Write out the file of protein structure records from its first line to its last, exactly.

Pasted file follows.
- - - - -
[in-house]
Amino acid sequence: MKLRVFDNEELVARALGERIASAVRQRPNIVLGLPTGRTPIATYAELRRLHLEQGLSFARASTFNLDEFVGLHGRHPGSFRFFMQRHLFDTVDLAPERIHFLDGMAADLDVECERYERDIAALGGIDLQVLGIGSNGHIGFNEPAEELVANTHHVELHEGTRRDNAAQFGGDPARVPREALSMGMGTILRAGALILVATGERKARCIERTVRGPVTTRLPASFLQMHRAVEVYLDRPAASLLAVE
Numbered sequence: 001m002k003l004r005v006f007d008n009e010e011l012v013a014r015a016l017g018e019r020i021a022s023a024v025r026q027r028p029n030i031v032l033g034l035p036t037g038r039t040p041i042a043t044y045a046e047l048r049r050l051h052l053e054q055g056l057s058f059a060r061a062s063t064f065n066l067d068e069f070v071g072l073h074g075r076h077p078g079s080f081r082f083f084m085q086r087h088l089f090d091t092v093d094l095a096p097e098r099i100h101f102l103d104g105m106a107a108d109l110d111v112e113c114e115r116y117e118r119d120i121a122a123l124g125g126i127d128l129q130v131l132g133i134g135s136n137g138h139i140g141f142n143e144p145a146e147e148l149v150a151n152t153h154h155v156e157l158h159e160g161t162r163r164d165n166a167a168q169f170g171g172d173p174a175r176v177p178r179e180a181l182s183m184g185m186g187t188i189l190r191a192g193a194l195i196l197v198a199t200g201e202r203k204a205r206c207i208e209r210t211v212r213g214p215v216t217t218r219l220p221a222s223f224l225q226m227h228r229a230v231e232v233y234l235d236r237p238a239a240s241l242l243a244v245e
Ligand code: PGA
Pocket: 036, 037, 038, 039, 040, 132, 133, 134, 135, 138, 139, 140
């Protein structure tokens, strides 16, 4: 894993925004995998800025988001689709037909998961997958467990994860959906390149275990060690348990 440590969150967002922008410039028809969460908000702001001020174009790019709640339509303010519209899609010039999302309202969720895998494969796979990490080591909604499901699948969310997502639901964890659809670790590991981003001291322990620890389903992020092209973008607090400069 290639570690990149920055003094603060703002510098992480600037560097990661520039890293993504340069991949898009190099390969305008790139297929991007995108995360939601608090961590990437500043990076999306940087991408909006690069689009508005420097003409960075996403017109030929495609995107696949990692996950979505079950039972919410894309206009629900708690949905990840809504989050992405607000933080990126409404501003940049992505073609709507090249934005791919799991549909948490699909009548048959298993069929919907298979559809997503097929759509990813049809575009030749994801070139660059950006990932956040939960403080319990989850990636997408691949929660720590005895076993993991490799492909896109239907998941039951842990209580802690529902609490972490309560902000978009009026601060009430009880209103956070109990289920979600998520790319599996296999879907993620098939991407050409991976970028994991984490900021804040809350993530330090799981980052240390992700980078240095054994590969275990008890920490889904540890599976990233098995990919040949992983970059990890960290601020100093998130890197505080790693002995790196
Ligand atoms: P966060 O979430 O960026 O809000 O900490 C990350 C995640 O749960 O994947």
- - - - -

[in-house]
Amino acid sequence: MKLRVFDNEELVARALGERIASAVRQRPNIVLGLPTGRTPIATYAELRRLHLEQGLSFARASTFNLDEFVGLHGRHPGSFRFFMQRHLFDTVDLAPERIHFLDGMAADLDVECERYERDIAALGGIDLQVLGIGSNGHIGFNEPAEELVANTHHVELHEGTRRDNAAQFGGDPARVPREALSMGMGTILRAGALILVATGERKARCIERTVRGPVTTRLPASFLQMHRAVEVYLDRPAASLLAVE
Numbered sequence: 001m002k003l004r005v006f007d008n009e010e011l012v013a014r015a016l017g018e019r020i021a022s023a024v025r026q027r028p029n030i031v032l033g034l035p036t037g038r039t040p041i042a043t044y045a046e047l048r049r050l051h052l053e054q055g056l057s058f059a060r061a062s063t064f065n066l067d068e069f070v071g072l073h074g075r076h077p078g079s080f081r082f083f084m085q086r087h088l089f090d091t092v093d094l095a096p097e098r099i100h101f102l103d104g105m106a107a108d109l110d111v112e113c114e115r116y117e118r119d120i121a122a123l124g125g126i127d128l129q130v131l132g133i134g135s136n137g138h139i140g141f142n143e144p145a146e147e148l149v150a151n152t153h154h155v156e157l158h159e160g161t162r163r164d165n166a167a168q169f170g171g172d173p174a175r176v177p178r179e180a181l182s183m184g185m186g187t188i189l190r191a192g193a194l195i196l197v198a199t200g201e202r203k204a205r206c207i208e209r210t211v212r213g214p215v216t217t218r219l220p221a222s223f224l225q226m227h228r229a230v231e232v233y234l235d236r237p238a239a240s241l242l243a244v245e
Ligand code: PGA
Pocket: 036, 037, 038, 039, 040, 132, 133, 134, 135, 138, 139, 140
């Protein structure tokens, strides 16, 4: 894993925004995998800025988001689709037909998961997958467990994860959906390149275990060690348990 440590969150967002922008410039028809969460908000702001001020174009790019709640339509303010519209899609010039999302309202969720895998494969796979990490080591909604499901699948969310997502639901964890659809670790590991981003001291322990620890389903992020092209973008607090400069 290639570690990149920055003094603060703002510098992480600037560097990661520039890293993504340069991949898009190099390969305008790139297929991007995108995360939601608090961590990437500043990076999306940087991408909006690069689009508005420097003409960075996403017109030929495609995107696949990692996950979505079950039972919410894309206009629900708690949905990840809504989050992405607000933080990126409404501003940049992505073609709507090249934005791919799991549909948490699909009548048959298993069929919907298979559809997503097929759509990813049809575009030749994801070139660059950006990932956040939960403080319990989850990636997408691949929660720590005895076993993991490799492909896109239907998941039951842990209580802690529902609490972490309560902000978009009026601060009430009880209103956070109990289920979600998520790319599996296999879907993620098939991407050409991976970028994991984490900021804040809350993530330090799981980052240390992700980078240095054994590969275990008890920490889904540890599976990233098995990919040949992983970059990890960290601020100093998130890197505080790693002995790196
Ligand atoms: P966060 O979430 O960026 O809000 O900490 C990350 C995640 O749960 O994947």